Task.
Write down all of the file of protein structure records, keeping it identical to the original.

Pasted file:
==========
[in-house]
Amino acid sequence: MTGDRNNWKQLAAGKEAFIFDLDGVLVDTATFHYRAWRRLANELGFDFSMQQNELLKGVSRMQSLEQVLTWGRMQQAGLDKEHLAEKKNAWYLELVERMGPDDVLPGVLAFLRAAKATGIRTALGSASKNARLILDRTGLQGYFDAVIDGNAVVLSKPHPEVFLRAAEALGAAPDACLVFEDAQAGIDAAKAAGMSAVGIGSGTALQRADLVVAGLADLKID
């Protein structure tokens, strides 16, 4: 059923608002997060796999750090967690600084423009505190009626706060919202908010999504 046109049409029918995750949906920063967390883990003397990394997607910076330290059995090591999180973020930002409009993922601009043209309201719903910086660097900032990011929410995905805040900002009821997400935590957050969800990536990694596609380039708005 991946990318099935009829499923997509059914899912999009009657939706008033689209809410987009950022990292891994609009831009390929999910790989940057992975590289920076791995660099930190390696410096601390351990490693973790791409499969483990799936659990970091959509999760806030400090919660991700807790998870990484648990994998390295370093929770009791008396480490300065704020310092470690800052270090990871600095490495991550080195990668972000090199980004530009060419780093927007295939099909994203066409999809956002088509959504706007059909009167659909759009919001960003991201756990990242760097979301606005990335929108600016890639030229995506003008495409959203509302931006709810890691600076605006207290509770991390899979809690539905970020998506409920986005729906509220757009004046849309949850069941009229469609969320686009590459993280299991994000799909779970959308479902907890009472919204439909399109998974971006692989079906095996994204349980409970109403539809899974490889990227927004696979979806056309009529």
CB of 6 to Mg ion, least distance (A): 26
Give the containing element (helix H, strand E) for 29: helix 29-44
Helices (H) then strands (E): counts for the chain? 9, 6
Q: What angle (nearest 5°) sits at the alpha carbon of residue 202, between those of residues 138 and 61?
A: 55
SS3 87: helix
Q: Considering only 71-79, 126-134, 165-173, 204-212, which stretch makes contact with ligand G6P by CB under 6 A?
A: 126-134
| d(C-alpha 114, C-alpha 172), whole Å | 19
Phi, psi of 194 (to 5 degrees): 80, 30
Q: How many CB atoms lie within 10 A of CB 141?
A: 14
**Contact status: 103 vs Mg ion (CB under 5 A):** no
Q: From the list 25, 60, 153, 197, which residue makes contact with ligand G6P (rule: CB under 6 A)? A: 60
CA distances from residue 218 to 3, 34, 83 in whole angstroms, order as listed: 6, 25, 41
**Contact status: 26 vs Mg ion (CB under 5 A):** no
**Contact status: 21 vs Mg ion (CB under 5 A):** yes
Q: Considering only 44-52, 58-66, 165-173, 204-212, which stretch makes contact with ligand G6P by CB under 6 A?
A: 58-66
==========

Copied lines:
[in-house]
Amino acid sequence: MTGDRNNWKQLAAGKEAFIFDLDGVLVDTATFHYRAWRRLANELGFDFSMQQNELLKGVSRMQSLEQVLTWGRMQQAGLDKEHLAEKKNAWYLELVERMGPDDVLPGVLAFLRAAKATGIRTALGSASKNARLILDRTGLQGYFDAVIDGNAVVLSKPHPEVFLRAAEALGAAPDACLVFEDAQAGIDAAKAAGMSAVGIGSGTALQRADLVVAGLADLKID
């Protein structure tokens, strides 16, 4: 059923608002997060796999750090967690600084423009505190009626706060919202908010999504 046109049409029918995750949906920063967390883990003397990394997607910076330290059995090591999180973020930002409009993922601009043209309201719903910086660097900032990011929410995905805040900002009821997400935590957050969800990536990694596609380039708005 991946990318099935009829499923997509059914899912999009009657939706008033689209809410987009950022990292891994609009831009390929999910790989940057992975590289920076791995660099930190390696410096601390351990490693973790791409499969483990799936659990970091959509999760806030400090919660991700807790998870990484648990994998390295370093929770009791008396480490300065704020310092470690800052270090990871600095490495991550080195990668972000090199980004530009060419780093927007295939099909994203066409999809956002088509959504706007059909009167659909759009919001960003991201756990990242760097979301606005990335929108600016890639030229995506003008495409959203509302931006709810890691600076605006207290509770991390899979809690539905970020998506409920986005729906509220757009004046849309949850069941009229469609969320686009590459993280299991994000799909779970959308479902907890009472919204439909399109998974971006692989079906095996994204349980409970109403539809899974490889990227927004696979979806056309009529």
CB of 6 to Mg ion, least distance (A): 26
Give the containing element (helix H, strand E) for 29: helix 29-44
Helices (H) then strands (E): counts for the chain? 9, 6
Q: What angle (nearest 5°) sits at the alpha carbon of residue 202, between those of residues 138 and 61?
A: 55
SS3 87: helix
Q: Considering only 71-79, 126-134, 165-173, 204-212, which stretch makes contact with ligand G6P by CB under 6 A?
A: 126-134
| d(C-alpha 114, C-alpha 172), whole Å | 19
Phi, psi of 194 (to 5 degrees): 80, 30
Q: How many CB atoms lie within 10 A of CB 141?
A: 14
**Contact status: 103 vs Mg ion (CB under 5 A):** no
Q: From the list 25, 60, 153, 197, which residue makes contact with ligand G6P (rule: CB under 6 A)? A: 60
CA distances from residue 218 to 3, 34, 83 in whole angstroms, order as listed: 6, 25, 41
**Contact status: 26 vs Mg ion (CB under 5 A):** no
**Contact status: 21 vs Mg ion (CB under 5 A):** yes
Q: Considering only 44-52, 58-66, 165-173, 204-212, which stretch makes contact with ligand G6P by CB under 6 A?
A: 58-66